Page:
Dance writer and scholar Nancy Wozny, is a contributing editor at Dance Magazine and covers the arts at CultureMap in Houston, TX. Her work has appeared in The Houston Chronicle, Pointe, Dance Teacher, Dance Spirit, Artshouston,
Culturevulture, Dance Source Houston, Dance Studio Life, and other publications.
She is a 2005 NEA Fellow of the American Dance Festival's Institute for Dance Criticism. She is also a 2004 recipient of the Gary Parks Memorial Award for Emerging Dance Critics, a two-time recipient of Artists Project Grants from the Cultural Arts Council of Houston/Harris County, a 2001 finalist for the Sommerville Award in Somatic Writing, and a 1994 Research Fellow at the Leonard Bernstein Center for the Arts and Education.
(born July 19, 1834, Paris, Francedied Sept. 27, 1917, Paris) French painter, graphic artist, and sculptor. The son of a wealthy banker, he entered the École des Beaux-Arts in 1855. He spent much time in Italy studying and copying the Old Masters and became a skilled draftsman, producing history paintings and portraits. In the 1860s he was introduced to Impressionism by Édouard Manet and gave up his academic aspirations, turning for his subject matter to the fast-moving city life of Paris, particularly the ballet, theatre, circus, racetrack, and cafés. Influenced by Japanese prints and the new medium of photography, he used displaced figure groupings and unfamiliar perspective to create figure groups seen informally and in movement, similar in effect to snapshots. His fascination with the ballet and the racetrack sprang from his interest in picturing people absorbed in the practiced movements of their occupations. He often worked in pastel, his favourite medium, producing series of women, bathers, ballerinas, and horse races. From c. 1880 he modeled wax figures, which were cast in bronze after his death. He was the first of the Impressionists to achieve recognition.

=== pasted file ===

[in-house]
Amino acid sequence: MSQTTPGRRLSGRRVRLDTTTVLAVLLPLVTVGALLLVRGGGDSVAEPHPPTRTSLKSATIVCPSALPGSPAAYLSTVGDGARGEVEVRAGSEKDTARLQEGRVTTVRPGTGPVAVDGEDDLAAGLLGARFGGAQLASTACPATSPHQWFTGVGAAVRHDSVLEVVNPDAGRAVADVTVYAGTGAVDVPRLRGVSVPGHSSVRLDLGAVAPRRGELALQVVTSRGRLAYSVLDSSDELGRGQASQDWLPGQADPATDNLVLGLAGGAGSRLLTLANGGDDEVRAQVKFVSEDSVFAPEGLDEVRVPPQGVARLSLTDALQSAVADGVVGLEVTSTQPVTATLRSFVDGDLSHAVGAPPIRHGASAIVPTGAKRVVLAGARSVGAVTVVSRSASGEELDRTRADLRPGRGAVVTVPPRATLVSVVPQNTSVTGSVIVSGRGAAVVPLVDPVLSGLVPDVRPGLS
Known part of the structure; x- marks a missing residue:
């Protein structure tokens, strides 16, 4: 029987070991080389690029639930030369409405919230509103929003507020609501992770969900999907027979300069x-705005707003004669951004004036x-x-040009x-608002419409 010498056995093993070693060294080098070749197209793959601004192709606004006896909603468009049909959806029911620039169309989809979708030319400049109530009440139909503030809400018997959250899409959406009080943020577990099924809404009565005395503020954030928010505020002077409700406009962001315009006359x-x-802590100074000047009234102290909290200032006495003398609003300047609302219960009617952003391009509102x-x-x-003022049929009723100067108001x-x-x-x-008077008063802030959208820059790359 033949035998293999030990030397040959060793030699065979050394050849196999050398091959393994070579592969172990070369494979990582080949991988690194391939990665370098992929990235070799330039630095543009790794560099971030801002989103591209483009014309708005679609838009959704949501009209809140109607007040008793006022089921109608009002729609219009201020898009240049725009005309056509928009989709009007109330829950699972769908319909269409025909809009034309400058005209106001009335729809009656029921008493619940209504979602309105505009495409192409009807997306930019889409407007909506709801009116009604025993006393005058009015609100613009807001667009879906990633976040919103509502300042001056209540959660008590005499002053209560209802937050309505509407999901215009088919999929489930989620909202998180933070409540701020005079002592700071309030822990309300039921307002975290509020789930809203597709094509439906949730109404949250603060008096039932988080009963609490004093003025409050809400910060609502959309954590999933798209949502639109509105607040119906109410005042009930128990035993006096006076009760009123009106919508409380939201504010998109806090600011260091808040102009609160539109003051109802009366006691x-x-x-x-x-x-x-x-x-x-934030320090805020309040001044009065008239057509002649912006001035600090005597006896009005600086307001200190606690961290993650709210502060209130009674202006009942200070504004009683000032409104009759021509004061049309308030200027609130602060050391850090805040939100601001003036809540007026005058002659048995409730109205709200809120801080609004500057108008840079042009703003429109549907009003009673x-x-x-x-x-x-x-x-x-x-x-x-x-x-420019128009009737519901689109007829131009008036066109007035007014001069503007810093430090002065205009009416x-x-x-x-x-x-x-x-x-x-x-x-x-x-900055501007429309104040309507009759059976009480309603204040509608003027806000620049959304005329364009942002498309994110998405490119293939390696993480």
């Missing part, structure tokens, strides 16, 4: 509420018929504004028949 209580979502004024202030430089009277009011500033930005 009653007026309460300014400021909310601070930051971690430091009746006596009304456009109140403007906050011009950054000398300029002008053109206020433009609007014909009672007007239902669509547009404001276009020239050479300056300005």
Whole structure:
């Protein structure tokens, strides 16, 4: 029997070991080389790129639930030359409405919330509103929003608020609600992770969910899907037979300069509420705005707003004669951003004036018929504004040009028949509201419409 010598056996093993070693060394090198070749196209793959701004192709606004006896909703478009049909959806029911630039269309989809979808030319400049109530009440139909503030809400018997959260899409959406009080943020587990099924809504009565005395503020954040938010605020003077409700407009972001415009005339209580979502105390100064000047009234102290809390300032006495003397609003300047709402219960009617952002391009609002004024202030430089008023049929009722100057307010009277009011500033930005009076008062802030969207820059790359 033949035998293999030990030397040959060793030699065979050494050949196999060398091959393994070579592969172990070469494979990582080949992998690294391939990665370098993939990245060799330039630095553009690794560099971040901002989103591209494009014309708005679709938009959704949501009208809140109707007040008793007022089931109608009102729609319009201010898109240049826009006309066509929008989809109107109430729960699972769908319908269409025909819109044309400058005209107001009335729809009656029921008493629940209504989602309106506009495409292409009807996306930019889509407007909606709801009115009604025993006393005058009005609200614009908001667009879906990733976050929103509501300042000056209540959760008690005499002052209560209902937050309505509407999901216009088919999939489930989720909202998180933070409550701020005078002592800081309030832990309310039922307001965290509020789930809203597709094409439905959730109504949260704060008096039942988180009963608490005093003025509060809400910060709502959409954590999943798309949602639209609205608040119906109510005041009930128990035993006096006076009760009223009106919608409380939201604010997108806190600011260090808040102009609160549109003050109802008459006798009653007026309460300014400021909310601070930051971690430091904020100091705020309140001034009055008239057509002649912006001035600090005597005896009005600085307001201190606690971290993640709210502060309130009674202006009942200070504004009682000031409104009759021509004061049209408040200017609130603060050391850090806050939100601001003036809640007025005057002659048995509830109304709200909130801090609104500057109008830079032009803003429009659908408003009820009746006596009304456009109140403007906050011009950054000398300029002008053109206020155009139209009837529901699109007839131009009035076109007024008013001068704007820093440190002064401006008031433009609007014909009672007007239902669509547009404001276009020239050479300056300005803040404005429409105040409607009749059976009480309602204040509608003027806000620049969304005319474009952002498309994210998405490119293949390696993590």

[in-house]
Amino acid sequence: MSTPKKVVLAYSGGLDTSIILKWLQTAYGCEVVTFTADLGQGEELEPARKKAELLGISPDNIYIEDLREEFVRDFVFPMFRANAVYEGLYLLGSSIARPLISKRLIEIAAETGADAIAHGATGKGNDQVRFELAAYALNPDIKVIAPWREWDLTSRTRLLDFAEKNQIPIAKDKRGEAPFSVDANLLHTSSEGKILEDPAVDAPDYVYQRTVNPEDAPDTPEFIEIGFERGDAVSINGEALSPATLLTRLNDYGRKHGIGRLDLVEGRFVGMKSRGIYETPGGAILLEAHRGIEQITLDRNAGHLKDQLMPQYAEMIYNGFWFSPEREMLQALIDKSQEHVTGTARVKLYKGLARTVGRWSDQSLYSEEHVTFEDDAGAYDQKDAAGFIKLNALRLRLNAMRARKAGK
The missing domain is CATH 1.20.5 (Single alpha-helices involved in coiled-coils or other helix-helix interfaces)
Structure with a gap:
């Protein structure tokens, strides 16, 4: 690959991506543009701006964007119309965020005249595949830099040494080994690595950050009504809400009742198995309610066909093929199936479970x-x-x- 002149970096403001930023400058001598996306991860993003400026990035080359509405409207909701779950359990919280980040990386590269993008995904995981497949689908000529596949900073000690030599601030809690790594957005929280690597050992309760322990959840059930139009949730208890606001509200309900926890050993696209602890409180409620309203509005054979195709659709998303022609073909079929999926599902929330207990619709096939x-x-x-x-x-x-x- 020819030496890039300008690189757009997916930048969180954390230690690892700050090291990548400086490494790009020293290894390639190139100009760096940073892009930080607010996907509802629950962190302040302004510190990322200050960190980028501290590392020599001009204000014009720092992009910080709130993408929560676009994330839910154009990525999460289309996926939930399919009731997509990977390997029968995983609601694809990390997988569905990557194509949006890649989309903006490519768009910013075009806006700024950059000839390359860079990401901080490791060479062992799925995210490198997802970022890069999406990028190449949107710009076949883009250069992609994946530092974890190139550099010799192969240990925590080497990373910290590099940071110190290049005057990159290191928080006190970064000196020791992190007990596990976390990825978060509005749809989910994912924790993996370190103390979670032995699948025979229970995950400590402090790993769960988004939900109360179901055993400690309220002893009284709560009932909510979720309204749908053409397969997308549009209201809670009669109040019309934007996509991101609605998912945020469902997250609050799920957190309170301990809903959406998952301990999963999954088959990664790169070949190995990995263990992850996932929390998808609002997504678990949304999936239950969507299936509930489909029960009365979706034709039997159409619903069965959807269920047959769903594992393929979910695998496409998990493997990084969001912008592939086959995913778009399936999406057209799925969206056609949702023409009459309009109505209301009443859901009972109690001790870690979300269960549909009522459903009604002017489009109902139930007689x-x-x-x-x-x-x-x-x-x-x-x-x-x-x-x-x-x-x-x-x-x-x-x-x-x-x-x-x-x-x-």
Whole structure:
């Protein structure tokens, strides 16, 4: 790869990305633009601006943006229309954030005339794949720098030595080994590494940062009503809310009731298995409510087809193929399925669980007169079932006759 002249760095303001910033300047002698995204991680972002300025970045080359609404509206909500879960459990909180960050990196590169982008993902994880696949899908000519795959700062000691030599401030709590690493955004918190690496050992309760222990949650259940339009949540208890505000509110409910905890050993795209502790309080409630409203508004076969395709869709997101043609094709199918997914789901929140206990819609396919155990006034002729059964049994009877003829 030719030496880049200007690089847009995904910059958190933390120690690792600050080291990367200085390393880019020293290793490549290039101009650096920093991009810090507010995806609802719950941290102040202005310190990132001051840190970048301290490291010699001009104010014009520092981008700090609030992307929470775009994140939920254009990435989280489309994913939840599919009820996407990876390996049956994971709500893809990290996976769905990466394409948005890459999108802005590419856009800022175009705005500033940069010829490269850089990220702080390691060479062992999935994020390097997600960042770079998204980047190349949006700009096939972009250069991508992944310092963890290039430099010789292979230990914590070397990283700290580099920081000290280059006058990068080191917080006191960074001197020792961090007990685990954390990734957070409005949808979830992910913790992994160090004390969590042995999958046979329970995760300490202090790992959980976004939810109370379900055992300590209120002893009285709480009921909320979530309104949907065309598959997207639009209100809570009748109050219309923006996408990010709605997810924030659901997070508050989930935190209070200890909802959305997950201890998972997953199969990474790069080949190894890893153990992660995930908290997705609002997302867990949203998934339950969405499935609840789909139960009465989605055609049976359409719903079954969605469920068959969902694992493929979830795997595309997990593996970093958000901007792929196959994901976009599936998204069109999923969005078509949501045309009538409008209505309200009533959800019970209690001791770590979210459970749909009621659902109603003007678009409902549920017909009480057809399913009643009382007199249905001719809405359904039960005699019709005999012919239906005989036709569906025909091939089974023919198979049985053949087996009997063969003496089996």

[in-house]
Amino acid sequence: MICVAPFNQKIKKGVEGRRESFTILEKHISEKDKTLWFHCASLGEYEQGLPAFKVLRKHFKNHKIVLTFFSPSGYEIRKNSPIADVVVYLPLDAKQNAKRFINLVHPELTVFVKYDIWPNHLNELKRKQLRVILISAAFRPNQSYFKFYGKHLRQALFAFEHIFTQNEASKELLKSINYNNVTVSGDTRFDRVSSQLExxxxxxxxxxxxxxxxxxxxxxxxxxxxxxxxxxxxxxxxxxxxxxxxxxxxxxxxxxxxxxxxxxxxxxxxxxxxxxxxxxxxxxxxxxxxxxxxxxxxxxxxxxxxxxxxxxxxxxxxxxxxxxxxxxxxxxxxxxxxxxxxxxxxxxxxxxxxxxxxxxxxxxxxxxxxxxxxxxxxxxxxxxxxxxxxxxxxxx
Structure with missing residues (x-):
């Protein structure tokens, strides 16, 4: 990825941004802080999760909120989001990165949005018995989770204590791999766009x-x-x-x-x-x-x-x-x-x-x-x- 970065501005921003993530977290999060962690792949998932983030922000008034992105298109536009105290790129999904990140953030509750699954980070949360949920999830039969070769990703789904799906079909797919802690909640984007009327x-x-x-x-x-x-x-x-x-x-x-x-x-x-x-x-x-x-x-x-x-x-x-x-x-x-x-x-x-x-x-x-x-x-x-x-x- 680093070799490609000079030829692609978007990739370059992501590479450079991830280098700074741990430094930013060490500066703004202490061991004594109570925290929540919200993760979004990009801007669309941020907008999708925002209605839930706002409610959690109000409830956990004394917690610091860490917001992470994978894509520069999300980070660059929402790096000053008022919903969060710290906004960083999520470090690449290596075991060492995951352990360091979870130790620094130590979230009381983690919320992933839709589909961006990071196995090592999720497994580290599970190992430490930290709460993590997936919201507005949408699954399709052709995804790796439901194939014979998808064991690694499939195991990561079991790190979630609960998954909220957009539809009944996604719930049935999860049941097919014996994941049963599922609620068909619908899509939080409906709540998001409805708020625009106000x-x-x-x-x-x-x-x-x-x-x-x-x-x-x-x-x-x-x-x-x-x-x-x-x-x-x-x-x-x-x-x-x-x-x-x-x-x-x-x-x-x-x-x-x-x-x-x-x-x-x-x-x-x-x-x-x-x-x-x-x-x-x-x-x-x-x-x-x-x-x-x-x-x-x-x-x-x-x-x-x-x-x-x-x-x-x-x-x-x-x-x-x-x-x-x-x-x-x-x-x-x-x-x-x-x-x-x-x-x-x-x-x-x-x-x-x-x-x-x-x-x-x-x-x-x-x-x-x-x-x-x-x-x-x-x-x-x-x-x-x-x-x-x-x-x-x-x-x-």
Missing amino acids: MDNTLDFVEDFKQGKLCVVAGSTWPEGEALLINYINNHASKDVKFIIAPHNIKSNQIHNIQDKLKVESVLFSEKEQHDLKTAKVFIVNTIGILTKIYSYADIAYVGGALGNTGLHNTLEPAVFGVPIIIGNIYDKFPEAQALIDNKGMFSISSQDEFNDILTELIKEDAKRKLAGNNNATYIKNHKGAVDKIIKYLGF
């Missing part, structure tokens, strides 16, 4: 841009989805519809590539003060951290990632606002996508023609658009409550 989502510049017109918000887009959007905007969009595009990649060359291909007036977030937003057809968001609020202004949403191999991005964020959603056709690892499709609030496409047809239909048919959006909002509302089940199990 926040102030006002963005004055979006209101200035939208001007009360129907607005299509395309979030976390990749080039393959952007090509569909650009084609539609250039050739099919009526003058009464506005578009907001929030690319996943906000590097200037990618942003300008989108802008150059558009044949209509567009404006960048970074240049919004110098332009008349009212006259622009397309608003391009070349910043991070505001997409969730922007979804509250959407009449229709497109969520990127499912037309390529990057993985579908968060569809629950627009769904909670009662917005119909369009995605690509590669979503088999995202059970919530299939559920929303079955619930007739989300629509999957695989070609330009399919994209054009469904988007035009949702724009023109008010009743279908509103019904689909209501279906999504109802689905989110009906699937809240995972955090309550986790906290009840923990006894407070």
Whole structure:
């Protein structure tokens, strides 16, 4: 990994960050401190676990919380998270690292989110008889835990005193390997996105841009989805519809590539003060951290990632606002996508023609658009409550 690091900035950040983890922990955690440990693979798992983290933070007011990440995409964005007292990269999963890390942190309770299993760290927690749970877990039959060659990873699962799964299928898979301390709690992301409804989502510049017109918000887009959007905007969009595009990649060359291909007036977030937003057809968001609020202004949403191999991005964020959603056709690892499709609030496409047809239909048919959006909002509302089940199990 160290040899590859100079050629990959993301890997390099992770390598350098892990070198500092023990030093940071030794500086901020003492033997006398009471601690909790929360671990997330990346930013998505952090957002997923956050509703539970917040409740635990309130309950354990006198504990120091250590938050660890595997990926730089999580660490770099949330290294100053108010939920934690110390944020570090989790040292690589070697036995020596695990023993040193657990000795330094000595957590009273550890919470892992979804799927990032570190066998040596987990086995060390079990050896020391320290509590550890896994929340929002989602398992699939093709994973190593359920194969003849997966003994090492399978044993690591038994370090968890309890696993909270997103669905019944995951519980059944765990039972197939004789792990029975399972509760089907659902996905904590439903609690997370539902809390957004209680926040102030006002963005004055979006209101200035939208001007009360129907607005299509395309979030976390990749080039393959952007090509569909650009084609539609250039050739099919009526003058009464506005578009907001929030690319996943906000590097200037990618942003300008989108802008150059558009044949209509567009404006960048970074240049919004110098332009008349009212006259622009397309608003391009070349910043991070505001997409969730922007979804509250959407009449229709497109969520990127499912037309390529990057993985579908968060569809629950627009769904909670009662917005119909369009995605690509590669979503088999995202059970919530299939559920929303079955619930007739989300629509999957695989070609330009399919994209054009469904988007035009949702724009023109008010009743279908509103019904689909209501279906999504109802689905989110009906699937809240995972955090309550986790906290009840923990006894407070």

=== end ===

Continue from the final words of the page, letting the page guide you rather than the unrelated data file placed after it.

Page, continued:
(born Oct. 25, 1881, Málaga, Spaindied April 8, 1973, Mougins, France) Spanish-born French painter, sculptor, printmaker, ceramicist, and stage designer. Trained by his father, a professor of drawing, he exhibited his first works at 13. After moving permanently to Paris in 1904, he replaced the predominantly blue tones of his so-called Blue Period (190104) with those of pottery and flesh in his Rose Period (190406). His first masterpiece, Les Demoiselles d'Avignon (1907), was controversial for its violent treatment of the female body and the masklike faces derived from his study of African art. From 1909 to 1912 Picasso worked closely with Georges Braquethe only time Picasso ever worked with another painter in this wayand they developed what came to be known as Cubism. The artists presented a new kind of reality that broke away from Renaissance tradition, especially from the use of perspective and illusion. Neither Braque nor Picasso desired to move into the realm of total abstraction in their Cubist works, although they implicitly accepted inconsistencies such as different points of view, different axes, and different light sources in the same picture. By 1912 they had taken Cubism further by gluing paper and other materials onto their canvases. Between 1917 and 1924 Picasso designed stage sets for five ballets for Sergey Diaghilev's Ballets Russes. In the 1920s and '30s, the Surrealists spurred him to explore new subject matter, particularly the image of the Minotaur. The Spanish Civil War inspired perhaps his greatest work, the enormous Guernica (1937), whose violent imagery condemned the useless destruction of life. After World War II he joined the Communist Party and devoted his time to sculpture, ceramics, and lithography as well as painting. In his late years he created variations on the works of earlier artists, the most famous being a series of 58 pictures based on Las Meninas of Diego Velázquez. For nearly 80 of his 91 years Picasso devoted himself to an artistic production that contributed significantly to and paralleled the whole development of modern art in the 20th century.